jay trotta

Elite Member
Joined
Feb 8, 2004
Professional Status
Certified Residential Appraiser
State
Connecticut
IMO- if in an area that offers sufficient data, it may be applicable, I do not have that luxury in most instances; I believe the question would be; when you drill down (closest city's near me would be a Block to Block market analysis) is there a sufficient amount of data in that tight area to extract information ??
Have run thru a few programs over the years and most required expansion out of a range I would consider reliable; think I just need to stick with the Old Mousetrap scenario for now. The requirements for; UAD / Lender / UW and reviewer, over the past ten years would lead me to believe it would be more of a time consuming effort and insufficient return for the time required.
 

timd354

Elite Member
Joined
Jan 11, 2008
Professional Status
Certified Residential Appraiser
State
Maryland
Argh. Why do you want to employ a linear regression analysis? Let me guess, to support adjustments right? I'll say this, USPAP states we must reconcile the methods and techniques used in the appraisal. That means you have to stop and ask yourself if what you did was worth a turd or not. Have you ever considered that question with regression analysis as applied for adjustments? Garbage in, garbage out. If you don't have the appropriate source data, how can you expect a credible result? If you had the appropriate source data, you wouldn't need a regression analysis, unless you wanted to be fancy.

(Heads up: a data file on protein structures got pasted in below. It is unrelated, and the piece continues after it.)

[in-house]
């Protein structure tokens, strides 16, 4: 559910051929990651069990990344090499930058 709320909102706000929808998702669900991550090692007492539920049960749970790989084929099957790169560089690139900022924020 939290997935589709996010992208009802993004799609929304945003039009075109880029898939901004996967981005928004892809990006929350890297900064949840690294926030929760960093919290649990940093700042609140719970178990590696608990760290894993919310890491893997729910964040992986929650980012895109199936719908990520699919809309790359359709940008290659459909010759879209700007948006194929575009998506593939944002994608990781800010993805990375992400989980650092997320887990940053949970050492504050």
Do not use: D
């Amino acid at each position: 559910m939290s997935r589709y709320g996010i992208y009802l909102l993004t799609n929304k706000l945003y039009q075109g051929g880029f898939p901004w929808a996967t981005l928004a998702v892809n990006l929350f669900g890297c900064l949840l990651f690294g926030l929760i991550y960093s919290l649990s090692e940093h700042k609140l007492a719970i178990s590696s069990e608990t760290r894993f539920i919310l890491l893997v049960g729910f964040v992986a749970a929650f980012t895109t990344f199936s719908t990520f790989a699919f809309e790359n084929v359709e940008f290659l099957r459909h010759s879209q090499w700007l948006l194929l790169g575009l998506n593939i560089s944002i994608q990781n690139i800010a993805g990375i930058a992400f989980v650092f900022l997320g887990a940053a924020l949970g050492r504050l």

You need to open your horizons a little bit.

So how do you derive and support your adjustments? Let me guess, if you are like most other appraisers, you probably claim to utilize paired sale analysis and probably don't even realize that paired sales analysis is really a very simplistic and crude form of regression analysis that has a whole lot of limitations, not the least of which is trying to extrapolate a trend from an extremely limited data set (i.e., when you have only one or two paired sales, how do you know that these sales are not actually outliers?). Sure, regression analysis has its limitations and one has to be aware of those limitations, but regression analysis when properly done by a skilled appraiser is a very useful tool and can provide excellent support for adjustments in many circumstances.
 
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DWiley

Elite Member
Joined
Apr 4, 2007
Professional Status
Certified Residential Appraiser
State
Tennessee